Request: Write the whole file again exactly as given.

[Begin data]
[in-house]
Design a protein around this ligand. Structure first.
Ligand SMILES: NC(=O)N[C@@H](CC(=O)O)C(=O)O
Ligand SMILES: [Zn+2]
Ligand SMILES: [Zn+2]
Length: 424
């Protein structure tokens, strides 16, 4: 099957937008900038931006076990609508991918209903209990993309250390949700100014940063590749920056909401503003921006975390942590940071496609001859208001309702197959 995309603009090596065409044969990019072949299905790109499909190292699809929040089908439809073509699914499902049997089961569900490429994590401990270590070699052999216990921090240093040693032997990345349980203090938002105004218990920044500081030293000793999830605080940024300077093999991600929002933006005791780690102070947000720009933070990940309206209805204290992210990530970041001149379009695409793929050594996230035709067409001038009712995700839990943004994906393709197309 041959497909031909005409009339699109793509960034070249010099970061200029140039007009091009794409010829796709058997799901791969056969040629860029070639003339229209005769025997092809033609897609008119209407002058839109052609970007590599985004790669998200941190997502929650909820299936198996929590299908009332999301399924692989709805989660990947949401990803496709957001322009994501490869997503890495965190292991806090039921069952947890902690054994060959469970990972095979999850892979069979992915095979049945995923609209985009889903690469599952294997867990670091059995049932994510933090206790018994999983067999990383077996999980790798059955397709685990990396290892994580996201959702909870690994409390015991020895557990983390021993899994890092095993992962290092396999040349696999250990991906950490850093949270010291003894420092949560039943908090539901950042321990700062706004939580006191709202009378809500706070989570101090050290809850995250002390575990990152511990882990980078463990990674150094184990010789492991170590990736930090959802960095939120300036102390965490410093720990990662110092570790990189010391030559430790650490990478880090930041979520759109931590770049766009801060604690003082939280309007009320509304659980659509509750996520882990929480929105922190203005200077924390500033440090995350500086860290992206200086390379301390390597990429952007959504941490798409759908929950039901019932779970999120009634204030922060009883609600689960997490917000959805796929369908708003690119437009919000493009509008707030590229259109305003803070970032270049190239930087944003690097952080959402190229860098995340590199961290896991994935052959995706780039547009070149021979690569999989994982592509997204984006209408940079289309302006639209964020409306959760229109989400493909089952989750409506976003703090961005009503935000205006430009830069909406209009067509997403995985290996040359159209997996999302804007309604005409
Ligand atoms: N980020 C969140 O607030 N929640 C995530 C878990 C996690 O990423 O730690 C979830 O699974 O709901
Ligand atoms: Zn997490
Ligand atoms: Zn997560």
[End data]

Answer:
[in-house]
Design a protein around this ligand. Structure first.
Ligand SMILES: NC(=O)N[C@@H](CC(=O)O)C(=O)O
Ligand SMILES: [Zn+2]
Ligand SMILES: [Zn+2]
Length: 424
């Protein structure tokens, strides 16, 4: 099957937008900038931006076990609508991918209903209990993309250390949700100014940063590749920056909401503003921006975390942590940071496609001859208001309702197959 995309603009090596065409044969990019072949299905790109499909190292699809929040089908439809073509699914499902049997089961569900490429994590401990270590070699052999216990921090240093040693032997990345349980203090938002105004218990920044500081030293000793999830605080940024300077093999991600929002933006005791780690102070947000720009933070990940309206209805204290992210990530970041001149379009695409793929050594996230035709067409001038009712995700839990943004994906393709197309 041959497909031909005409009339699109793509960034070249010099970061200029140039007009091009794409010829796709058997799901791969056969040629860029070639003339229209005769025997092809033609897609008119209407002058839109052609970007590599985004790669998200941190997502929650909820299936198996929590299908009332999301399924692989709805989660990947949401990803496709957001322009994501490869997503890495965190292991806090039921069952947890902690054994060959469970990972095979999850892979069979992915095979049945995923609209985009889903690469599952294997867990670091059995049932994510933090206790018994999983067999990383077996999980790798059955397709685990990396290892994580996201959702909870690994409390015991020895557990983390021993899994890092095993992962290092396999040349696999250990991906950490850093949270010291003894420092949560039943908090539901950042321990700062706004939580006191709202009378809500706070989570101090050290809850995250002390575990990152511990882990980078463990990674150094184990010789492991170590990736930090959802960095939120300036102390965490410093720990990662110092570790990189010391030559430790650490990478880090930041979520759109931590770049766009801060604690003082939280309007009320509304659980659509509750996520882990929480929105922190203005200077924390500033440090995350500086860290992206200086390379301390390597990429952007959504941490798409759908929950039901019932779970999120009634204030922060009883609600689960997490917000959805796929369908708003690119437009919000493009509008707030590229259109305003803070970032270049190239930087944003690097952080959402190229860098995340590199961290896991994935052959995706780039547009070149021979690569999989994982592509997204984006209408940079289309302006639209964020409306959760229109989400493909089952989750409506976003703090961005009503935000205006430009830069909406209009067509997403995985290996040359159209997996999302804007309604005409
Ligand atoms: N980020 C969140 O607030 N929640 C995530 C878990 C996690 O990423 O730690 C979830 O699974 O709901
Ligand atoms: Zn997490
Ligand atoms: Zn997560």